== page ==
Plan ahead for festive journeys
Parenting column by Sasha Brown, family care manager at Community Family Care, Staunton
For some parents travelling in the car with children can be a stressful event if they are constantly distracted, trying to stop fights, preventing the removal of seatbelts, or trying to keep children entertained.
If the thought of that car journey fills you with dread then here are some simple tips that could make it easier.
Prepare your child in advance for the journey. Talk to them about safety and how the driver needs to be able to concentrate as well as reminding them about needing to wear a seatbelt.
Remember to set a good example by wearing your own seatbelt.
Bored children are more likely to misbehave so plan some activities that your child can do in the car to keep them occupied and out of mischief.
This could be engaging them in games such as I-spy and counting games or keeping a few toys in the car.
Engaging them with questions about what they see/hear gives them brief amounts of your attention whilst also promoting development.
Setting simple rules can help remind your child what is expected of them whilst you are travelling in the car. For example, ‘Keep your seatbelt on’, ‘Speak in your quiet voice’, or ‘Keep your hands
and feet to yourself ’, are all good reminders of what behaviour you would like to see whilst in the car.
Remember to go through the rules with your child before your journey and agree on a reward for following the rules.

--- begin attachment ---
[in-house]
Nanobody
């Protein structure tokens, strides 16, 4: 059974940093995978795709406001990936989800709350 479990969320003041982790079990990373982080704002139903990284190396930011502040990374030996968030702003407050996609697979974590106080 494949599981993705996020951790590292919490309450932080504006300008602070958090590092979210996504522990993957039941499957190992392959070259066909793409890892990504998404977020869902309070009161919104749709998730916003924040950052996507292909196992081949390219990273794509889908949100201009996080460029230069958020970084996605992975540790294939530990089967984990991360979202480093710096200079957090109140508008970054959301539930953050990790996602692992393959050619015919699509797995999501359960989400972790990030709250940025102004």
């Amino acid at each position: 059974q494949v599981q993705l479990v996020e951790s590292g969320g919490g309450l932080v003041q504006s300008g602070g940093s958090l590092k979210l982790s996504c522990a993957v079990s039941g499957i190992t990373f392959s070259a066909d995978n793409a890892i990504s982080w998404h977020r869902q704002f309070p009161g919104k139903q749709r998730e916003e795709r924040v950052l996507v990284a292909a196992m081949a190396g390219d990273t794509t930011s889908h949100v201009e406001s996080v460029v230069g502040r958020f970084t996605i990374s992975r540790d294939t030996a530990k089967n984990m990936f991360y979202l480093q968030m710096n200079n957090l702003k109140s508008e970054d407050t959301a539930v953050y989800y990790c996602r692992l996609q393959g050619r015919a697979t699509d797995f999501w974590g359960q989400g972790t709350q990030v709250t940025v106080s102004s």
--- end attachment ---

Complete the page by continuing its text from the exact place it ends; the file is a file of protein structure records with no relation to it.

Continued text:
Rewards are a good way of encouraging your child to behave well while travelling and can reinforce the behaviour that you want to see from them.
Rewards needn’t be expensive or food-based: a special activity at the end of the journey or extra quality time with mum/dad can be more effective rewards than sweets.
Give your child praise each time they are behaving as you want them to.
Before you set off, discuss the consequences with your child of what will happen if they do not follow the rules.
Consequences could involve: not receiving the reward, removal of a toy or privilege at the other end of the journey, or stopping the car for time out.
If your child is whining, shouting, or pulling faces, simply tell them that you are not going to respond to them until they use their quiet/nice voice and only give them attention when they are displaying the behaviour you want to see.
This can always be backed up with a consequence if the behaviour continues.
After the trip remember to review it with your child and give them lots of praise for all of the good behaviour.
If they didn’t follow a rule, encourage them to remember it for the next journey.
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